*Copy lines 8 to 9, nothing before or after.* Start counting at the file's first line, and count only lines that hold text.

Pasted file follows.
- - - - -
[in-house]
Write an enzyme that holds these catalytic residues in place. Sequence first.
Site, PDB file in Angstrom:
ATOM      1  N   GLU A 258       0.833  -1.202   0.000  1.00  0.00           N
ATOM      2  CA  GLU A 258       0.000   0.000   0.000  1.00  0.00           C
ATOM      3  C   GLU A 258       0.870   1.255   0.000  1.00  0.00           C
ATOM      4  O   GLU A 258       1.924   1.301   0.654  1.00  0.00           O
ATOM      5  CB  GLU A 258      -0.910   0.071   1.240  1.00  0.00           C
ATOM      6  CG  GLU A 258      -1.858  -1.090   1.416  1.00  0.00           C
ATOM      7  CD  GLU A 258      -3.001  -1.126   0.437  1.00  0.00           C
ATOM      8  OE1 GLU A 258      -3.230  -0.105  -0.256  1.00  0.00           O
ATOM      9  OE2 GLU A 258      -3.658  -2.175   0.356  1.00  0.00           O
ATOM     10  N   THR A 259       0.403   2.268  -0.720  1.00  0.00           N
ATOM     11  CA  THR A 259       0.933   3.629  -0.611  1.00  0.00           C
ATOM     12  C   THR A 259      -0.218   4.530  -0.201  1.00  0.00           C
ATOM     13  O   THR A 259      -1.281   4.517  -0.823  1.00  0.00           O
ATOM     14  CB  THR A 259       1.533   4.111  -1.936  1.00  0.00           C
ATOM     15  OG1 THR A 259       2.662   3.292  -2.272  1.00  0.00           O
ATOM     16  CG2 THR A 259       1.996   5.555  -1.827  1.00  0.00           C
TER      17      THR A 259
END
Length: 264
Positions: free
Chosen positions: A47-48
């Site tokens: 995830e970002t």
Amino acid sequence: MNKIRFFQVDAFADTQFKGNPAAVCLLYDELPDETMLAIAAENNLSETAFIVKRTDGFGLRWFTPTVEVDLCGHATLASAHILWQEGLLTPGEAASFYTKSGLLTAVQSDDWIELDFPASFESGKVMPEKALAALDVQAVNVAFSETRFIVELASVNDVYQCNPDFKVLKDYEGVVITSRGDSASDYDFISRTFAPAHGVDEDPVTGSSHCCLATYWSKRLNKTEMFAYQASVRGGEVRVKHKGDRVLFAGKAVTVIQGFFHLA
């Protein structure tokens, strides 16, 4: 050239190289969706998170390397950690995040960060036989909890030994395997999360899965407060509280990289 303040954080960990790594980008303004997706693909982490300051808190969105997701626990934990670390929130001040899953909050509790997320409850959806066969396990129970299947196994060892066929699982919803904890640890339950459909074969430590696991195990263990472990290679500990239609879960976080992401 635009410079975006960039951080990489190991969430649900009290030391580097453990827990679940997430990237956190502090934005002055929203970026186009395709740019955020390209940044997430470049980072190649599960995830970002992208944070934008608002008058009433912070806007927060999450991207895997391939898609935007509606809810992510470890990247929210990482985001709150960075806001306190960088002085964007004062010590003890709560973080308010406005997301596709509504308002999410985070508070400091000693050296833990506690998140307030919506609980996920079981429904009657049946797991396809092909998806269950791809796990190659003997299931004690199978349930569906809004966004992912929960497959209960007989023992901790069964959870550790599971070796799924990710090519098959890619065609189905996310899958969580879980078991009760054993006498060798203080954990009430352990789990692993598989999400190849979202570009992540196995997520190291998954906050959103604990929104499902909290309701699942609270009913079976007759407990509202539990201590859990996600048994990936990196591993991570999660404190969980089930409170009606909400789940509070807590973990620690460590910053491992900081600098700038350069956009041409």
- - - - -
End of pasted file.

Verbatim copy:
ATOM      5  CB  GLU A 258      -0.910   0.071   1.240  1.00  0.00           C
ATOM      6  CG  GLU A 258      -1.858  -1.090   1.416  1.00  0.00           C